Columbia, S.C. – The BlueCross BlueShield of South Carolina Foundation presented a check for $5.25 million to the South Carolina Free Clinic Association (SCFCA) here today, enabling the 42 member clinics across the state to have a centralized, integrated and multifaceted support system.
The system will include such functions as establishing a statewide certification program and special projects to implement statewide or regional efforts that would strengthen individual clinics’ capabilities.
“South Carolina’s free clinics have been taking care of our state’s uninsured citizens for years but they cannot offer quality healthcare services without support from our community, both locally and statewide. The BlueCross Foundation is pleased to present this $5.25 million grant that will be used for central support to collectively strengthen this large network of independent clinics,” said Harvey Galloway, the foundation’s executive director.
“The BlueCross BlueShield of South Carolina Foundation is an unparalleled ally in ensuring that low-income South Carolinians have access to the quality healthcare services they need and deserve,” said Amanda Berrier, executive director of the South Carolina Free Clinic Association. “This year’s award is unprecedented – it allows us to look beyond providing access to healthcare for our state’s uninsured, to being able to demonstrate as a network that the quality of care free clinic patients receive is allowing them to live healthier lives.”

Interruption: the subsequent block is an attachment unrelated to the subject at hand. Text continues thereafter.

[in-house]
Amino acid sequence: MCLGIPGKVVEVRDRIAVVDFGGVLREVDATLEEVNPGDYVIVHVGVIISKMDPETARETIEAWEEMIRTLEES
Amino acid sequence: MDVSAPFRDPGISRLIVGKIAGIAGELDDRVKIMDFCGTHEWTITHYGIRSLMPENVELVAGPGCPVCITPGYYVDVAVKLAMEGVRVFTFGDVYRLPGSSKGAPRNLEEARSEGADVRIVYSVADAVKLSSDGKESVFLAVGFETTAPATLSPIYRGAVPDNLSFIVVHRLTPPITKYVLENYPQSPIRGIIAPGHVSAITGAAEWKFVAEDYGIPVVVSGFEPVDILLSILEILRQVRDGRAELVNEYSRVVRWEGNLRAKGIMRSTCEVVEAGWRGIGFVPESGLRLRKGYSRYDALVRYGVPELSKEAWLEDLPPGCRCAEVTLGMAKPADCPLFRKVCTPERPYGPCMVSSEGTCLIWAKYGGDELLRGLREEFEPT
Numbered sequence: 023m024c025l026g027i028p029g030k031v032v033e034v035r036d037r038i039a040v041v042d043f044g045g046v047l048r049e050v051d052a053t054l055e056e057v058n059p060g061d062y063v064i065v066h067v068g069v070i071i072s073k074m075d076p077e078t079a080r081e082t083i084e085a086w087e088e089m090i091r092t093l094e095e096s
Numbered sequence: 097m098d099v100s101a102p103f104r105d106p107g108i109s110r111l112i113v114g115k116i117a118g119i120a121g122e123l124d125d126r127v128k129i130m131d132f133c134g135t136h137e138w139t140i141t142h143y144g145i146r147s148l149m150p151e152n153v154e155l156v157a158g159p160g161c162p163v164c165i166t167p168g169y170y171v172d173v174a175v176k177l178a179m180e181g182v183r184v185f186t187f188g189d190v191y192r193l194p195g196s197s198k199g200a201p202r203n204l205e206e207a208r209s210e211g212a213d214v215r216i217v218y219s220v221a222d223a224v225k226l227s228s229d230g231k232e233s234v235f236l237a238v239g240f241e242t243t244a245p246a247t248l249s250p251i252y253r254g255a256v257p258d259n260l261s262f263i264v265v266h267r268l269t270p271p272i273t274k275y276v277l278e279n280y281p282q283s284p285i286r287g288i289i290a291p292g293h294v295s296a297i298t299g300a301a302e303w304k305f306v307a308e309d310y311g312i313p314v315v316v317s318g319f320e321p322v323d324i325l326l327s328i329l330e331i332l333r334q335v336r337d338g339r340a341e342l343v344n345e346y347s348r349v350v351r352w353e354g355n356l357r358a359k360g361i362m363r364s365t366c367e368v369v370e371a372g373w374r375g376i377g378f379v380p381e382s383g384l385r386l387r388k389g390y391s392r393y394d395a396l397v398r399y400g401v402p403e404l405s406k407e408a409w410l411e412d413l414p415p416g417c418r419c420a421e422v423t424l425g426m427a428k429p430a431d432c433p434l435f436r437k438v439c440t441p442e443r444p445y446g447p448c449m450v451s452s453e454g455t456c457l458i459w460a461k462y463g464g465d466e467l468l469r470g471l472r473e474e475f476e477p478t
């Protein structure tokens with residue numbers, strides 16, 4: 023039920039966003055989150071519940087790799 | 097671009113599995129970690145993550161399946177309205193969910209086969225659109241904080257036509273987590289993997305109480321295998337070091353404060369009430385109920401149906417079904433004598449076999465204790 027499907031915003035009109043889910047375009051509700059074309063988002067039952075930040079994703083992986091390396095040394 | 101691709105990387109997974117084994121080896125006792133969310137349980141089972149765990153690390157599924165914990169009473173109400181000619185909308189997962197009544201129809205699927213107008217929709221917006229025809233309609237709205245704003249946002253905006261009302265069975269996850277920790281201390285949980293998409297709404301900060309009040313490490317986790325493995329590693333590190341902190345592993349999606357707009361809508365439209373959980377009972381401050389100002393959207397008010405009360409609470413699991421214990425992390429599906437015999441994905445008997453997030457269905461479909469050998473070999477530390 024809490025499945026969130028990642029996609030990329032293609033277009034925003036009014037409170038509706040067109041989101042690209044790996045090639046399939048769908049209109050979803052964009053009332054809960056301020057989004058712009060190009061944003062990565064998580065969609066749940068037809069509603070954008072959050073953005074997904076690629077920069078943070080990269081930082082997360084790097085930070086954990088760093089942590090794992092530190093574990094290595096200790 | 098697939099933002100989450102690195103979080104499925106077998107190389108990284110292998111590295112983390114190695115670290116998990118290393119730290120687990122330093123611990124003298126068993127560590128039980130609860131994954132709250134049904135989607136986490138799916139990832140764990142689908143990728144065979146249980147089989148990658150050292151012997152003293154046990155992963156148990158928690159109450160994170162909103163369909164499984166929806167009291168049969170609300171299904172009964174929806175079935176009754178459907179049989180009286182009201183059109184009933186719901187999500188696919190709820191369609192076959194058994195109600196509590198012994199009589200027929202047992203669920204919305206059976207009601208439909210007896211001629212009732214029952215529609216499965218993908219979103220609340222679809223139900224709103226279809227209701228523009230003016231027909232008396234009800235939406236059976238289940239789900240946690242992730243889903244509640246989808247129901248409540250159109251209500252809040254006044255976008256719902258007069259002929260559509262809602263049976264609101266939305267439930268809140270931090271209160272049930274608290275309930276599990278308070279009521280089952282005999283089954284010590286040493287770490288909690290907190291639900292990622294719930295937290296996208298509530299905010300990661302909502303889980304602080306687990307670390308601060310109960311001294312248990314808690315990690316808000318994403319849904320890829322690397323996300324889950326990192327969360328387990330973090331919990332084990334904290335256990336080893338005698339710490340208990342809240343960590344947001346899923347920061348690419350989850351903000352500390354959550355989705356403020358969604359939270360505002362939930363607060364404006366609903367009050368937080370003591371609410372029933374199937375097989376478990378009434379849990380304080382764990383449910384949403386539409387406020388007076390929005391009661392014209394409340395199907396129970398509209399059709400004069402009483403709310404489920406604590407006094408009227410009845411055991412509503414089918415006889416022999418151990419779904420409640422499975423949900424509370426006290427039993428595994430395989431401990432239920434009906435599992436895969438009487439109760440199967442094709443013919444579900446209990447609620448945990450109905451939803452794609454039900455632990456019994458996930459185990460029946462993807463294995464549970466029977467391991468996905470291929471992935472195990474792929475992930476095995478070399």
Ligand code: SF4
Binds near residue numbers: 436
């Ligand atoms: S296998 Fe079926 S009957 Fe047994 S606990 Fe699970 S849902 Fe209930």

The SCFCA and its members together will receive $1.75 million for each of three years, totaling $5.25 million. (See list of member clinics below.)
This was the fifth of seven events that the foundation is hosting around the state to present its latest round of grants and to honor the recipients in front of community and business leaders along with other dignitaries. Since the foundation was established in 2003, it has allocated more than $37.8 million in South Carolina to address issues such as childhood health, community health, mental health, obesity, diabetes, nursing and health research, and the increasing need for free medical clinics.